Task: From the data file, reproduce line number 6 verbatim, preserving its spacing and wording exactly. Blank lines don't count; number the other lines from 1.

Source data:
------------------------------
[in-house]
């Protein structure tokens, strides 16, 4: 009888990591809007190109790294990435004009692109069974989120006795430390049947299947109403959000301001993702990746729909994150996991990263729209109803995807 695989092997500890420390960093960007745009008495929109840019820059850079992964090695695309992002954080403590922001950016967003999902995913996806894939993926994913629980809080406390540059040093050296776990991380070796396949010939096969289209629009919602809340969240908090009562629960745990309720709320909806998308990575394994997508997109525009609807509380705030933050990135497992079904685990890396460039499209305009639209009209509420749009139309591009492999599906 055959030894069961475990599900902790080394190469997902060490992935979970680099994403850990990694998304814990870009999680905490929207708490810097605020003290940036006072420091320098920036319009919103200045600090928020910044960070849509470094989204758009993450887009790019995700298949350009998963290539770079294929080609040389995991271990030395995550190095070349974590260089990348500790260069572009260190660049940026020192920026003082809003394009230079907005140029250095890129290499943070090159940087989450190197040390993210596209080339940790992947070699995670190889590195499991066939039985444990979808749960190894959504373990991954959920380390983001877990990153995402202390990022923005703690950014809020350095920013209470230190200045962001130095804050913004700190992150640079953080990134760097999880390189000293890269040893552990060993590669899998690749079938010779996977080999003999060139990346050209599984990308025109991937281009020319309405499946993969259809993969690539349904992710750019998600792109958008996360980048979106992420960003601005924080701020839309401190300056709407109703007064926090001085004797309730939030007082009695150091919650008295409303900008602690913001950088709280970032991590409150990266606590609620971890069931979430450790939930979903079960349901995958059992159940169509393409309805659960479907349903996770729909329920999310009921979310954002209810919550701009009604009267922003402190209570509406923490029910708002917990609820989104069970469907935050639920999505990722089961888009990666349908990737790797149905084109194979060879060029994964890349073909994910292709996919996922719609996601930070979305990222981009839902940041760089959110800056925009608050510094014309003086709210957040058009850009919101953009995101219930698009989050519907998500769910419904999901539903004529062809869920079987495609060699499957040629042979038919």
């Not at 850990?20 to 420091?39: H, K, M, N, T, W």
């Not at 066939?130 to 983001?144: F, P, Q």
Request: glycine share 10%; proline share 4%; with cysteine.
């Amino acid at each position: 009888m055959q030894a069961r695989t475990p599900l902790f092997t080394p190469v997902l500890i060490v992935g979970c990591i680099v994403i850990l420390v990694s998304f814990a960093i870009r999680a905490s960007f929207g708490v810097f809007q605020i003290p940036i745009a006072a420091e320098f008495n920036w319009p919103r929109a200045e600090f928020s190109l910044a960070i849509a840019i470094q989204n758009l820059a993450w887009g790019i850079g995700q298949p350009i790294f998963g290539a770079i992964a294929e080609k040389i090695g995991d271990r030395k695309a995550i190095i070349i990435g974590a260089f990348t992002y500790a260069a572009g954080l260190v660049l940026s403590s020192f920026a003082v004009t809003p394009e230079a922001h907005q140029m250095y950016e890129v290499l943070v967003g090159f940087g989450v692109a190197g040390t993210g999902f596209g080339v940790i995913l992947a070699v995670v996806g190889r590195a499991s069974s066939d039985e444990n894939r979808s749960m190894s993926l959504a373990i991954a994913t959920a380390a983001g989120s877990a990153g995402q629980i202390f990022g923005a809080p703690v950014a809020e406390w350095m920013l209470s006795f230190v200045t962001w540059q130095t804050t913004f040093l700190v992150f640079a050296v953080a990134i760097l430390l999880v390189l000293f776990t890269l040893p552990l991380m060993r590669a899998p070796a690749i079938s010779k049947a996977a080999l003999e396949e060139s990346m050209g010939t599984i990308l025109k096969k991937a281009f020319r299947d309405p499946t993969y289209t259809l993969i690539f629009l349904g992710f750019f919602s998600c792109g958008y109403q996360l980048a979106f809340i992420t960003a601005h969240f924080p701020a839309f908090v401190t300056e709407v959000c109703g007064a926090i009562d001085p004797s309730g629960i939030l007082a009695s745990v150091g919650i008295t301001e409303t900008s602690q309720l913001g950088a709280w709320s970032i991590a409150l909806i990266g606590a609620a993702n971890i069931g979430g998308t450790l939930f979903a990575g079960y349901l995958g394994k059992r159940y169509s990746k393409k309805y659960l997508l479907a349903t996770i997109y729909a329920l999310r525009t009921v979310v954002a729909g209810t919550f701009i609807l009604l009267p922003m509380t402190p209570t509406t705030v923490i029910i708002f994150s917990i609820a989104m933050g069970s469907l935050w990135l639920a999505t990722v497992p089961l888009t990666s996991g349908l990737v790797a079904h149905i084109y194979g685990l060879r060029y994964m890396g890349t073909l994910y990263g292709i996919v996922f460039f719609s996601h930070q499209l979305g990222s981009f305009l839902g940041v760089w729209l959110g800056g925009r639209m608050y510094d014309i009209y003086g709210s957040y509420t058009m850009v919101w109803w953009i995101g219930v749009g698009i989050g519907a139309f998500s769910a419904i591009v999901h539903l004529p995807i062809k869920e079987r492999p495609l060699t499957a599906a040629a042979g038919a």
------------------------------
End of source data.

């Amino acid at each position: 009888m055959q030894a069961r695989t475990p599900l902790f092997t080394p190469v997902l500890i060490v992935g979970c990591i680099v994403i850990l420390v990694s998304f814990a960093i870009r999680a905490s960007f929207g708490v810097f809007q605020i003290p940036i745009a006072a420091e320098f008495n920036w319009p919103r929109a200045e600090f928020s190109l910044a960070i849509a840019i470094q989204n758009l820059a993450w887009g790019i850079g995700q298949p350009i790294f998963g290539a770079i992964a294929e080609k040389i090695g995991d271990r030395k695309a995550i190095i070349i990435g974590a260089f990348t992002y500790a260069a572009g954080l260190v660049l940026s403590s020192f920026a003082v004009t809003p394009e230079a922001h907005q140029m250095y950016e890129v290499l943070v967003g090159f940087g989450v692109a190197g040390t993210g999902f596209g080339v940790i995913l992947a070699v995670v996806g190889r590195a499991s069974s066939d039985e444990n894939r979808s749960m190894s993926l959504a373990i991954a994913t959920a380390a983001g989120s877990a990153g995402q629980i202390f990022g923005a809080p703690v950014a809020e406390w350095m920013l209470s006795f230190v200045t962001w540059q130095t804050t913004f040093l700190v992150f640079a050296v953080a990134i760097l430390l999880v390189l000293f776990t890269l040893p552990l991380m060993r590669a899998p070796a690749i079938s010779k049947a996977a080999l003999e396949e060139s990346m050209g010939t599984i990308l025109k096969k991937a281009f020319r299947d309405p499946t993969y289209t259809l993969i690539f629009l349904g992710f750019f919602s998600c792109g958008y109403q996360l980048a979106f809340i992420t960003a601005h969240f924080p701020a839309f908090v401190t300056e709407v959000c109703g007064a926090i009562d001085p004797s309730g629960i939030l007082a009695s745990v150091g919650i008295t301001e409303t900008s602690q309720l913001g950088a709280w709320s970032i991590a409150l909806i990266g606590a609620a993702n971890i069931g979430g998308t450790l939930f979903a990575g079960y349901l995958g394994k059992r159940y169509s990746k393409k309805y659960l997508l479907a349903t996770i997109y729909a329920l999310r525009t009921v979310v954002a729909g209810t919550f701009i609807l009604l009267p922003m509380t402190p209570t509406t705030v923490i029910i708002f994150s917990i609820a989104m933050g069970s469907l935050w990135l639920a999505t990722v497992p089961l888009t990666s996991g349908l990737v790797a079904h149905i084109y194979g685990l060879r060029y994964m890396g890349t073909l994910y990263g292709i996919v996922f460039f719609s996601h930070q499209l979305g990222s981009f305009l839902g940041v760089w729209l959110g800056g925009r639209m608050y510094d014309i009209y003086g709210s957040y509420t058009m850009v919101w109803w953009i995101g219930v749009g698009i989050g519907a139309f998500s769910a419904i591009v999901h539903l004529p995807i062809k869920e079987r492999p495609l060699t499957a599906a040629a042979g038919a």